Pulmonary Hypertension in Candidates for Bariatric Surgery: A Cause for Concern

| August 21, 2013 | 0 Comments

by Peter N. Benotti, MD

Dr. Benotti is from The Obesity Institute, Geisinger Medical Center, Danville, Pennsylvania.

Bariatric Times. 2013;10(8):14–17.

FUNDING: No funding was provided.
DISCLOSURES: The author reports no conflicts of interest to the content of this article.

Pulmonary hypertension has recently been indentified as a risk factor for adverse events and mortality after gastric bypass surgery. This condition can be present in association with obstructive sleep apnea, obesity hypoventilation, obese cardiomyopathy, and chronic thromboembolism. Since this is a modifiable risk factor and may be overlooked in the evaluation of bariatric candidates, bariatric surgeons and team members should become more familiar with guidelines for current diagnosis, prognosis assessment, and treatment. Improved diagnosis and severity assessment will enhance the patient selection and optimization process in bariatric surgery.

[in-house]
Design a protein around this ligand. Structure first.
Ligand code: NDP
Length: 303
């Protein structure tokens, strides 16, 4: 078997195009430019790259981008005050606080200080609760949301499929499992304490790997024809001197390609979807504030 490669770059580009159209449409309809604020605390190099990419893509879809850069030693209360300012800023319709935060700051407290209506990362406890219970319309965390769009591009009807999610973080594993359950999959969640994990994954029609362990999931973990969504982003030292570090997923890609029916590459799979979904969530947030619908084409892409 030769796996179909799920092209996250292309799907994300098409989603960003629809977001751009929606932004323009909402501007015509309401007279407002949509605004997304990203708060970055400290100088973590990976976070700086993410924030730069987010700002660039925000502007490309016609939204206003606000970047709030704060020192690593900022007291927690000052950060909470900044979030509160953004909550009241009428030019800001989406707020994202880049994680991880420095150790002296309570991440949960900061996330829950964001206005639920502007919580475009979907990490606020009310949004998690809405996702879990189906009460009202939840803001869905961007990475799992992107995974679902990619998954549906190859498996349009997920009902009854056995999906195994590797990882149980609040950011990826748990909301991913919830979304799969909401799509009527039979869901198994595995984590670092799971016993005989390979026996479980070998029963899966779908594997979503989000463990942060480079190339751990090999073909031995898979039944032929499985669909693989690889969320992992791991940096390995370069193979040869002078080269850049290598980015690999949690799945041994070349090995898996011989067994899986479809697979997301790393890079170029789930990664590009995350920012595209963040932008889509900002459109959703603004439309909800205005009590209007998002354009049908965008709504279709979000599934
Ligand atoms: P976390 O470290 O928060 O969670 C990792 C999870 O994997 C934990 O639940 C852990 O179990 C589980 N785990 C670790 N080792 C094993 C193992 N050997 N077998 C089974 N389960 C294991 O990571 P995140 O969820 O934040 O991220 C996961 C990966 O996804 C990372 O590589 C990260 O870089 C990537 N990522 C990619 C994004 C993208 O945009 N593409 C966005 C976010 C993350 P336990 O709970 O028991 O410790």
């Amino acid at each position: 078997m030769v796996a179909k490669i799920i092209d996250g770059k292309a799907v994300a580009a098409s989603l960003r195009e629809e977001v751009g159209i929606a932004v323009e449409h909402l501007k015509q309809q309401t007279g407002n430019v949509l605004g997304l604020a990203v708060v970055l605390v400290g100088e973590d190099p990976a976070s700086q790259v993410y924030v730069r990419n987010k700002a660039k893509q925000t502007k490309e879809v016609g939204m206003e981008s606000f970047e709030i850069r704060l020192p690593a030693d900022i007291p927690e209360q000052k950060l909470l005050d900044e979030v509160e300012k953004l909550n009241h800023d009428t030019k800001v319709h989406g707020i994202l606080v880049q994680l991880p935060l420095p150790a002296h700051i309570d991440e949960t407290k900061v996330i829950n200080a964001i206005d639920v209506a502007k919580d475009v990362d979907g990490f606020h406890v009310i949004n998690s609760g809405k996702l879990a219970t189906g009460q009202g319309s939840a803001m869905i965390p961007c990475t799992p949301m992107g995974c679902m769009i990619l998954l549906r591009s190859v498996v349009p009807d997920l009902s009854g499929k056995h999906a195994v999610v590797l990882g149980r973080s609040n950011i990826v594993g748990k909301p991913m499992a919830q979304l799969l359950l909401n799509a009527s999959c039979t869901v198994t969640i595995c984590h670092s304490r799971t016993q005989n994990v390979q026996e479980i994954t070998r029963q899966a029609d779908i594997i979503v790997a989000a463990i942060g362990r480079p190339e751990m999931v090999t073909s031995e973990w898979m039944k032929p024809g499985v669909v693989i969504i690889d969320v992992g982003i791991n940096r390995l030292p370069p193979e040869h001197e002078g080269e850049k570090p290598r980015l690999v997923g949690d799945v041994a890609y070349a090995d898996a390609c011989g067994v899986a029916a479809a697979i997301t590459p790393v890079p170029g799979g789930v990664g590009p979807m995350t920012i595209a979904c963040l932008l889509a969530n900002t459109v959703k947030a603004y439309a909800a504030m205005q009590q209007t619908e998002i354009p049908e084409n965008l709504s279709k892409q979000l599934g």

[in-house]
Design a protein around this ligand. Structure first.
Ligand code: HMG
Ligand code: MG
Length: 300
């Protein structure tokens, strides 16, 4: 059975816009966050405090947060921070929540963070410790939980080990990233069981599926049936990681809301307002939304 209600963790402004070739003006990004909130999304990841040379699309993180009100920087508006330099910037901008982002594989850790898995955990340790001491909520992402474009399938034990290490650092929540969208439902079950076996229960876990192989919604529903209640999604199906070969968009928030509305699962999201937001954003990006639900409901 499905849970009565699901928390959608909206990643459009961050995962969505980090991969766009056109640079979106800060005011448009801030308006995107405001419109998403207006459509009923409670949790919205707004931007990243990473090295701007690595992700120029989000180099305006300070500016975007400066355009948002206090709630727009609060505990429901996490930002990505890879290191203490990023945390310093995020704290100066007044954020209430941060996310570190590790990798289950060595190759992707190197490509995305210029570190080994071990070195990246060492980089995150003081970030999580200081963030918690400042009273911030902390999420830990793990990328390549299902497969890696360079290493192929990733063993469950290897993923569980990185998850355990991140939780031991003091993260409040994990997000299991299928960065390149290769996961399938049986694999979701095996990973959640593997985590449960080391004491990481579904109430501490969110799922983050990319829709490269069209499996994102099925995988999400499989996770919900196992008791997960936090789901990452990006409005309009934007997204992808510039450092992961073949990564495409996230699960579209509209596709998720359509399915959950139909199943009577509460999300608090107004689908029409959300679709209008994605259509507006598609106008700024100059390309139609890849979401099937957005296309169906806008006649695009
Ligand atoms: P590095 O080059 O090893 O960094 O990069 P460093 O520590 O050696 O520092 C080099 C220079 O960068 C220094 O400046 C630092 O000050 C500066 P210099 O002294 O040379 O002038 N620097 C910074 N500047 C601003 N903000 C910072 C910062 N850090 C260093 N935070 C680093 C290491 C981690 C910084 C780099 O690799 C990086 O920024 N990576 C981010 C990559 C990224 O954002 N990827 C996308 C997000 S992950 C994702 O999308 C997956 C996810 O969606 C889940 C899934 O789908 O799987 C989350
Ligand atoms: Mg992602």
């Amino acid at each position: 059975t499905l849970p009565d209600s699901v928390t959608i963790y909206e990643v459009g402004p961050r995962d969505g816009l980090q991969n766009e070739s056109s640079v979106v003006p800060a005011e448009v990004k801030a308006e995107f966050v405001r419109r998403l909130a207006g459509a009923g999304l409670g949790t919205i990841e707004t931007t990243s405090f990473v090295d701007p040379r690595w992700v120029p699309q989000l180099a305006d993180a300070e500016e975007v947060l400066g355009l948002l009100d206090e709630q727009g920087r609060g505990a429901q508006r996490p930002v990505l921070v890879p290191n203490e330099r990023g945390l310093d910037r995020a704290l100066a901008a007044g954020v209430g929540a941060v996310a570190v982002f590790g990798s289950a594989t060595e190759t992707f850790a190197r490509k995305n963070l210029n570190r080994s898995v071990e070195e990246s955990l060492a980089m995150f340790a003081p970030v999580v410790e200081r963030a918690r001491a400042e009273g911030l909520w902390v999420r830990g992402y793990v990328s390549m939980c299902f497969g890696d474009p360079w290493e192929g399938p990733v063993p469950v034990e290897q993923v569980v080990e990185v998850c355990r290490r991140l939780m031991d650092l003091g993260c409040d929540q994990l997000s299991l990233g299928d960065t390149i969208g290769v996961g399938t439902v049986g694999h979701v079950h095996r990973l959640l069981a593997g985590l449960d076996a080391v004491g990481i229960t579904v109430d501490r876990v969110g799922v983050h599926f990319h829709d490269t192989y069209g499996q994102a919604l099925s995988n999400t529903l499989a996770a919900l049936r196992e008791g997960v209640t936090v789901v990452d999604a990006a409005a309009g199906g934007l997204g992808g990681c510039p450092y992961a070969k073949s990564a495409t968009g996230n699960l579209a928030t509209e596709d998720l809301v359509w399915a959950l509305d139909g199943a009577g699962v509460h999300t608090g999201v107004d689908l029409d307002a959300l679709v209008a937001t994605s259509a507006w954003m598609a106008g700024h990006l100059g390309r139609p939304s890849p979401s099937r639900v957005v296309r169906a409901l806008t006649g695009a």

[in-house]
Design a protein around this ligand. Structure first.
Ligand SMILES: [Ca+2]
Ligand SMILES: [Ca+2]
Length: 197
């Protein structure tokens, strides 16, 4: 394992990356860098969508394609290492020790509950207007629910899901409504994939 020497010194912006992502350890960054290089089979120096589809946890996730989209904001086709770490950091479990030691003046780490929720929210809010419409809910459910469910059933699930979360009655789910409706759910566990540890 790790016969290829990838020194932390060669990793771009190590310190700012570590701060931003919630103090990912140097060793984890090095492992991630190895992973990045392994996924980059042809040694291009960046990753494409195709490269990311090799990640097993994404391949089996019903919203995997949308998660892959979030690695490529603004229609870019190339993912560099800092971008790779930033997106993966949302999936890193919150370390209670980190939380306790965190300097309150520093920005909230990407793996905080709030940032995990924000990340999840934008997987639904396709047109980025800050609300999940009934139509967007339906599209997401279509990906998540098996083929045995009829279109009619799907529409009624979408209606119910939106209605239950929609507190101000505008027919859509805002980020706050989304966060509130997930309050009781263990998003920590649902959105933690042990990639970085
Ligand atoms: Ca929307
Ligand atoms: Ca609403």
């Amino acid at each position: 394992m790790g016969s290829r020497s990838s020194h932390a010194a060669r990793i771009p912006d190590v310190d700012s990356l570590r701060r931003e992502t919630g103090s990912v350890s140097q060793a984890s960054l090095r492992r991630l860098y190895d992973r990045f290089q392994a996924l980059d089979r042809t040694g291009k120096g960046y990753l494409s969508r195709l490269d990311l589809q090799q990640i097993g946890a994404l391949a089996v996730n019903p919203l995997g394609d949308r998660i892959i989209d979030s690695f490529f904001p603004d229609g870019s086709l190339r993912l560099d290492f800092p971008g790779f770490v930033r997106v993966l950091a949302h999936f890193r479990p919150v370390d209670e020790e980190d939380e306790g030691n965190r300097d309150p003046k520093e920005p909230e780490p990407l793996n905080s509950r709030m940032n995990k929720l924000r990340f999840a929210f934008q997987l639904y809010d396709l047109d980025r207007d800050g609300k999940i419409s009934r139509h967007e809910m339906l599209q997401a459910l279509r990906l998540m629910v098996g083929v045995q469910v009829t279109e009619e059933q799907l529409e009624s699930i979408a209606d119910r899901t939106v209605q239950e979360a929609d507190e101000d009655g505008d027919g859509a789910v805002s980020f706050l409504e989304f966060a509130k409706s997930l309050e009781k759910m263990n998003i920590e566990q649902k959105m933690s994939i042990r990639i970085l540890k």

Extreme obesity is often accompanied by varying degrees of pulmonary hypertension (PH). Often when this diagnosis is made or is suspected in bariatric surgery candidates, consultants are engaged to provide guidance regarding clinical significance, additional workup, and management. These consultants frequently indicate that the best treatment for PH with extreme obesity is weight loss, and that additional study is unnecessary because it will not change management. Several recent studies utilizing a large clinical bariatric surgery registry have identified PH as a risk factor for both composite adverse outcomes1 and 30-day mortality[2] following bariatric surgery. This observation justifies a closer look at this condition and how it might influence the evaluation and selection of candidates for bariatric surgery. A recent advisory from the American Heart Association, which addresses the evaluation and management of patients with severe obesity undergoing surgery, calls attention to a number of clinical findings that are likely to influence cardiac assessment and management (Table 1).[3]

Discussion: Diagnosis and Management of PH